Once you sort it out then start sending emails.
So how to write Emails?
This is the trickiest part. First of all, professors don’t have the time to read stories that comes as an Email to their mailbox. Make it short, to the point, and professional. It should be no longer than three brief paragraphs with a closing statement. Ideally, in this small amount of space, you should to demonstrate that you are a competent student coming with a good educational background and some sort of research experience in the relevant field. Here are some examples that i have collected from the internet, that can be ideally followed to coin your own format.
Sample One :
Subject line: Ph.D. applicant -Or- Your Research on XYZ
Dear Dr. So-and-so,
Paragraph 1: Briefly introduce yourself and your research experience.
I am beginning my senior year at the University of [Somewhere]. During my time as an undergraduate, I have become involved with research on [XYZ] under the direction of Dr. [Someone]. I am in the process of conducting my own study examining the effects of [A] on [B] and expect to find [hypothesis].
Paragraph 2: Connect your research to that of the potential advisor.
I have read your research about [XYZ] and find it interesting. I am especially interested in how X from your studies relates to Y from my study. This is one area I could see myself exploring in research as a graduate student.
Paragraph 2: Alternatively, instead of connecting your two areas of research, make an intelligent observation or ask a great question about the reader’s research.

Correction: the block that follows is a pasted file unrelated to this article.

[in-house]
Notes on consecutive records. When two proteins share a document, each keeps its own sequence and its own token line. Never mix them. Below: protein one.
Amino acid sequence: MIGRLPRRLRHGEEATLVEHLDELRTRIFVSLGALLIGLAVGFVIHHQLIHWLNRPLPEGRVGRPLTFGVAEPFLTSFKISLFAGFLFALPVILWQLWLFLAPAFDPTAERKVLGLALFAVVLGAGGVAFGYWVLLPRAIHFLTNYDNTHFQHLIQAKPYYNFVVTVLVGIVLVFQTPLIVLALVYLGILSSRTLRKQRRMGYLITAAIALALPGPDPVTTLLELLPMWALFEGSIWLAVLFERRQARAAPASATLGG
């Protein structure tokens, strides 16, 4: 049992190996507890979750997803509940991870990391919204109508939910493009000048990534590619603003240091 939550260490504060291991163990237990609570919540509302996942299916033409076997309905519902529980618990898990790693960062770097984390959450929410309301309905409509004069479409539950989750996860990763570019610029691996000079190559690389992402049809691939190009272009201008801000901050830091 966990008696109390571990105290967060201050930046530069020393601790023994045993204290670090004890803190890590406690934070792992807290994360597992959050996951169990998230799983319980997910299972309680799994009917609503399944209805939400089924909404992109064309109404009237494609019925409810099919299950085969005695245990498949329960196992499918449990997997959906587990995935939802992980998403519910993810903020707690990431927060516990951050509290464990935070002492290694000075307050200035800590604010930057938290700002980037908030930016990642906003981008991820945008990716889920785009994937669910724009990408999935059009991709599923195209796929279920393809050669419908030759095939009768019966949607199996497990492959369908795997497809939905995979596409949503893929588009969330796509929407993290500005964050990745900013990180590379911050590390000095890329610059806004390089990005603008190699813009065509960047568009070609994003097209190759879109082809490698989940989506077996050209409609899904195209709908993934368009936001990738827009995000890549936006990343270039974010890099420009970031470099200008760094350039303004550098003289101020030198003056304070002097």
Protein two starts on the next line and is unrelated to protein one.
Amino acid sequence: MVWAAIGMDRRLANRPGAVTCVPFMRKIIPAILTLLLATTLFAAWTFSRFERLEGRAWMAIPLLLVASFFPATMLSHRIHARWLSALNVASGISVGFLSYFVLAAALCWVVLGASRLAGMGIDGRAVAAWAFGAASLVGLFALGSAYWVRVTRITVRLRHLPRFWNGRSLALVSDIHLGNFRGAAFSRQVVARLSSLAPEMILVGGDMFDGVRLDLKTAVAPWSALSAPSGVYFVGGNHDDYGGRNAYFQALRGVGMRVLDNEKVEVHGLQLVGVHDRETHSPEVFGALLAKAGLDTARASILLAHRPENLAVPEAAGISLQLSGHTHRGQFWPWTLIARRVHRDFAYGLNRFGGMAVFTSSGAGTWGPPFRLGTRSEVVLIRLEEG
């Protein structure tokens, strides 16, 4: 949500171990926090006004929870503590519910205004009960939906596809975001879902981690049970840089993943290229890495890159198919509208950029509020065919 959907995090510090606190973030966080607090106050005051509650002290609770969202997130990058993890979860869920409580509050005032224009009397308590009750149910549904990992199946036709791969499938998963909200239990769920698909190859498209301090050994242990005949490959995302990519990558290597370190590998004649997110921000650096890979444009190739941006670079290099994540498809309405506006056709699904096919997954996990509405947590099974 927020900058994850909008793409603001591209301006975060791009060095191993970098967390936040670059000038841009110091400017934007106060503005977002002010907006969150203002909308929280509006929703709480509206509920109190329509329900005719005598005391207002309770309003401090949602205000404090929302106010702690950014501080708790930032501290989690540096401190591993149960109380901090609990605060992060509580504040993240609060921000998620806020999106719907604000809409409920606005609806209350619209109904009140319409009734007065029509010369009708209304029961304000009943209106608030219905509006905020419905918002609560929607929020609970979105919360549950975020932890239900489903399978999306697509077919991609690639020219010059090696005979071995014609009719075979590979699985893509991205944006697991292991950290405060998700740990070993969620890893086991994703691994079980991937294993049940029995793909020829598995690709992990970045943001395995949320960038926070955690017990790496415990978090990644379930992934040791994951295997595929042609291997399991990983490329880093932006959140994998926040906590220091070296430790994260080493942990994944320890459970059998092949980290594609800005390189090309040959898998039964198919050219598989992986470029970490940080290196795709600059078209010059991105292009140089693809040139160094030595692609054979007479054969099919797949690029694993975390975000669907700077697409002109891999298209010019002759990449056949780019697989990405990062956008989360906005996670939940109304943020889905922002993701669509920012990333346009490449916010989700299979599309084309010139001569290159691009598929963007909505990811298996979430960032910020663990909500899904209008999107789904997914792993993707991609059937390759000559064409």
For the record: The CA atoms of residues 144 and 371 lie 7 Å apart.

I have read your research about [XYZ] and find it interesting. I was wondering how W would affect your finding about XYZ. Did your study or another one find that W is also related to XYZ? This is one area I could see myself exploring further in research as a graduate student.
Paragraph 3: Ask if he/she is accepting graduate students.
I will be applying to Ph.D. programs this fall and would very much like the opportunity to join your lab group. Will you be accepting applications for new graduate students for entry in [year]?
Thanks very much for your time. I hope we have the chance to speak about research in the future.
Sample Two :
Dear Dr. Rosalind Darwin,
I recently read your paper, Snails are way cooler than slugs, and am very interested in your work on the importance of shells in determining awesomeness in invertebrates. I am a senior a the University of Science, where I am working with Dr. Advisor on a senior thesis about how beetles are also very cool, using tools our lab has developed linking wing shininess to coolness. I’ll be graduating this fall with a BS in Biology, and I was wondering if you have any graduate opportunities available in your lab? Until recently, my background was in plants, and I was wondering if you’ve considered testing whether the plant the snail is on affects how awesome it is?
In graduate school, I’d like to apply my research to conservation, particularly in relation to climate change and other threats. My goal is to be a research professor working at the interface of conservation biology and landscape coolness, with a strong policy relevance.
I have attached a copy of my CV for your consideration. I would be very interested in discussing possibilities with your lab.